Saida M. Abdi, PhD, is an assistant professor in the School of Social Work in the College of Education and Human Development at the University of Minnesota. She is trained clinician and an expert in refugee trauma and resilience. She earned her PhD from Boston University. She also holds a second Master’s degree in Communications from Carleton University in Ottawa, Canada. Dr. Abdi has worked for more than 20 with refugee and immigrant families. Her area of focus is building individual, family and community resilience and improving system capacity to meet the needs of refugee and immigrant families. She is a member of the National Child Traumatic Stress Network (NCTSN). She consults both nationally and internationally on issues related to refugee and immigrant mental health. Dr. Abdi is the co-author of recently published book, Mental Health Practice With Immigrant and Refugee Youth: A Socioecological Framework.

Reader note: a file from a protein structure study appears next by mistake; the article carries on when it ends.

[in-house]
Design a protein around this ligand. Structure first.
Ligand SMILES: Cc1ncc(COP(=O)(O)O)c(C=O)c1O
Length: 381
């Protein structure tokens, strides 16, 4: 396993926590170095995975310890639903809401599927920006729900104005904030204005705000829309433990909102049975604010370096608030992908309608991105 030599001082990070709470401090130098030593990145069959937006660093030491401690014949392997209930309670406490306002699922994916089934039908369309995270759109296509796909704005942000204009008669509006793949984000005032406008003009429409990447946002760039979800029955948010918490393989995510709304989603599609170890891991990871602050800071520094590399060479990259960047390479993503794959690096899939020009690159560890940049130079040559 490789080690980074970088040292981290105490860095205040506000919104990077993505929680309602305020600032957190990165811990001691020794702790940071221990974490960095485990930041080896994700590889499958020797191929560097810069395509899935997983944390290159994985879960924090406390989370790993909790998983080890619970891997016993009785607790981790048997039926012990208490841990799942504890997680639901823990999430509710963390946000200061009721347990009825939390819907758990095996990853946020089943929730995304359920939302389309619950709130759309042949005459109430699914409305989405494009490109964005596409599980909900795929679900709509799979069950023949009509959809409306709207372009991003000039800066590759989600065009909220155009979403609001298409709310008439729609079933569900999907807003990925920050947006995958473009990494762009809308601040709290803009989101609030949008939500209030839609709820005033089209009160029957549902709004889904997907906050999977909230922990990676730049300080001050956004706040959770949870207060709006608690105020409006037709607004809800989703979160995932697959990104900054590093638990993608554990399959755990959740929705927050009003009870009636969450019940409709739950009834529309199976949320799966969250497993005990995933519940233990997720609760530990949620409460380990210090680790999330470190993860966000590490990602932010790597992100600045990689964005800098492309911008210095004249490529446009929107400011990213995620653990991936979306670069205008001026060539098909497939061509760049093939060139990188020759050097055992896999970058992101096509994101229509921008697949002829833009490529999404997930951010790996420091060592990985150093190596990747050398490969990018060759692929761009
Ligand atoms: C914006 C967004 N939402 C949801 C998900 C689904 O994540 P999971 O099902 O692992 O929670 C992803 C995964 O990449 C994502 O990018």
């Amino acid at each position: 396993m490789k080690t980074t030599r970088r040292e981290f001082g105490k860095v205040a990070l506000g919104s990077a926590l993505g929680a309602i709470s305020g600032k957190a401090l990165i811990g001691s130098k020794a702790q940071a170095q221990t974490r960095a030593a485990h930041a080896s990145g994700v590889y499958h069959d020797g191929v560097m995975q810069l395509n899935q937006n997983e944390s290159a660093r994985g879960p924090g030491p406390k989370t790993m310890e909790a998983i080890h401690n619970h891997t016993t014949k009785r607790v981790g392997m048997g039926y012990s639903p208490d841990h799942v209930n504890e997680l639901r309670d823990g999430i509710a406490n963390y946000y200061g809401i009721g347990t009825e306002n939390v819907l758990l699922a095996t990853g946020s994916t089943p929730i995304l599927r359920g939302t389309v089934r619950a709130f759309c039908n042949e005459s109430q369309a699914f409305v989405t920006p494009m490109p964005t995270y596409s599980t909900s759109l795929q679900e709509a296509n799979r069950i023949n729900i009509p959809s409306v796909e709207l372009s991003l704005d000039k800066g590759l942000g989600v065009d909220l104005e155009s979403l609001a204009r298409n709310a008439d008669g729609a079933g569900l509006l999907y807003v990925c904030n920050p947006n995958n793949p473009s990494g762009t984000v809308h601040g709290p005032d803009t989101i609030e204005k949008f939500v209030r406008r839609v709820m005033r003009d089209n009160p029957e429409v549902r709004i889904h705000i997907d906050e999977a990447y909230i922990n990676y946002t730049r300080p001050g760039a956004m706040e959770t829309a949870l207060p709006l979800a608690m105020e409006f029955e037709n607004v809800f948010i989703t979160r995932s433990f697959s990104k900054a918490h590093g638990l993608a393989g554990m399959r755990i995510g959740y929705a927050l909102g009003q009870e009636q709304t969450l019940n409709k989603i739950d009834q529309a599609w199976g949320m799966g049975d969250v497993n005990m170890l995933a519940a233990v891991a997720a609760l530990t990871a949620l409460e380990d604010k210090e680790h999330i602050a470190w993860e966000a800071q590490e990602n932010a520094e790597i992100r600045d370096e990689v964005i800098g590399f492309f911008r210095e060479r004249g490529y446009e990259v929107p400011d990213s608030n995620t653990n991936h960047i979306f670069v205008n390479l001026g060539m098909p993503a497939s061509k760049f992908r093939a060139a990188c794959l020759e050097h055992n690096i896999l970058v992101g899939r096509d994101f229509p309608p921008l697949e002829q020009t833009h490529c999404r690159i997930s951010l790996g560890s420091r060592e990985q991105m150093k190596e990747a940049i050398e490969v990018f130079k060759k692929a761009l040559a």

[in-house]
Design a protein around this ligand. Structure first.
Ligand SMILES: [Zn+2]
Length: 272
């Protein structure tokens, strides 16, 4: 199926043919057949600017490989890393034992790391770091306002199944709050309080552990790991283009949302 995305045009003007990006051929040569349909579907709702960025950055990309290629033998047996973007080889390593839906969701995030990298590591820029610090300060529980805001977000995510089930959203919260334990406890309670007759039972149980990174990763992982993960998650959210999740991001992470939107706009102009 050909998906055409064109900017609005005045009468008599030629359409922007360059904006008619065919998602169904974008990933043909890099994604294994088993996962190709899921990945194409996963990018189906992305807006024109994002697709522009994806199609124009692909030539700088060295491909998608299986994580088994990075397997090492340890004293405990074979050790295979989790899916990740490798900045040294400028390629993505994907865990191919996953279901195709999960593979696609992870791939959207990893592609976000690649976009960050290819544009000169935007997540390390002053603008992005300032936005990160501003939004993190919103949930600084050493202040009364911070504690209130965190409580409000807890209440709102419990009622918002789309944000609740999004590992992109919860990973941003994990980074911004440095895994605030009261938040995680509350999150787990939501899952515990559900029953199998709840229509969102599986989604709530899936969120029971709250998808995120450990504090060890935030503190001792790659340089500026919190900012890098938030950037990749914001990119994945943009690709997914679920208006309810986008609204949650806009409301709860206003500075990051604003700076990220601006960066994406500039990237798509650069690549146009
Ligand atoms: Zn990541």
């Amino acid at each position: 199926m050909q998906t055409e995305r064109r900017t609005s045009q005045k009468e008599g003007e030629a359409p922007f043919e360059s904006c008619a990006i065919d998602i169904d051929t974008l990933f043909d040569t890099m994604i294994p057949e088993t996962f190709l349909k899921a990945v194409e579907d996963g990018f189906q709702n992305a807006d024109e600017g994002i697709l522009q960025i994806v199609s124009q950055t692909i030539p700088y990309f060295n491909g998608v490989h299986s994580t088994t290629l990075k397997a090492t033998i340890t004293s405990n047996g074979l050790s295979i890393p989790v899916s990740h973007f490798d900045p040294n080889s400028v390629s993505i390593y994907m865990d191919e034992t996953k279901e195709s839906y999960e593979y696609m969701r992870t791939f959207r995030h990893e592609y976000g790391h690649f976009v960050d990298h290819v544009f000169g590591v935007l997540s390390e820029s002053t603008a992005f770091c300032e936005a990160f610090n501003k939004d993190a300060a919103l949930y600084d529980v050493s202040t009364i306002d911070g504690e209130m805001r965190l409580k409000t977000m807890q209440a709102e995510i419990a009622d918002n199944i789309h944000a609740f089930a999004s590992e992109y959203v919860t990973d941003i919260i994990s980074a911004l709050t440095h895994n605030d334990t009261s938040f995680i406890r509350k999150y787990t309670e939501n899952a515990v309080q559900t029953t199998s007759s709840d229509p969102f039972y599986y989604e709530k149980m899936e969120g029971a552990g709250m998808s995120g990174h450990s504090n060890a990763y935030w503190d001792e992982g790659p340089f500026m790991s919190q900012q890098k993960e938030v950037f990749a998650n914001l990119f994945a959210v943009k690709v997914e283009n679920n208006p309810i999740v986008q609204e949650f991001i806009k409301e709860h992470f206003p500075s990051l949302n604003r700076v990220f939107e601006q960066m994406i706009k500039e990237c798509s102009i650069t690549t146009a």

Ashley Butler, PhD, is a child psychologist at Texas Children’s Hospital and an associate professor in the Department of Pediatrics at Baylor College of Medicine in the Texas Medical Center in Houston. Dr. Butler’s practice is geared towards early intervention and treatment with preschoolers and pediatric patients with mental health diagnoses including ADHD, anxiety, behavioral problems, and learning disorders. In addition to providing clinical services, Dr. Butler serves as Principal Investigator on National Institutes of Health sponsored research projects centered on community engagement and pediatric health disparities. She also leads a National Institutes of Health funded educational program to promote the diversity of the scientific workforce. Dr. Butler also leads diversity, equity, and inclusion initiatives within the Section of Psychology at Baylor College of Medicine, and partners with medical school and hospital leaders to implement institutional and organizational diversity, equity, and inclusion initiatives.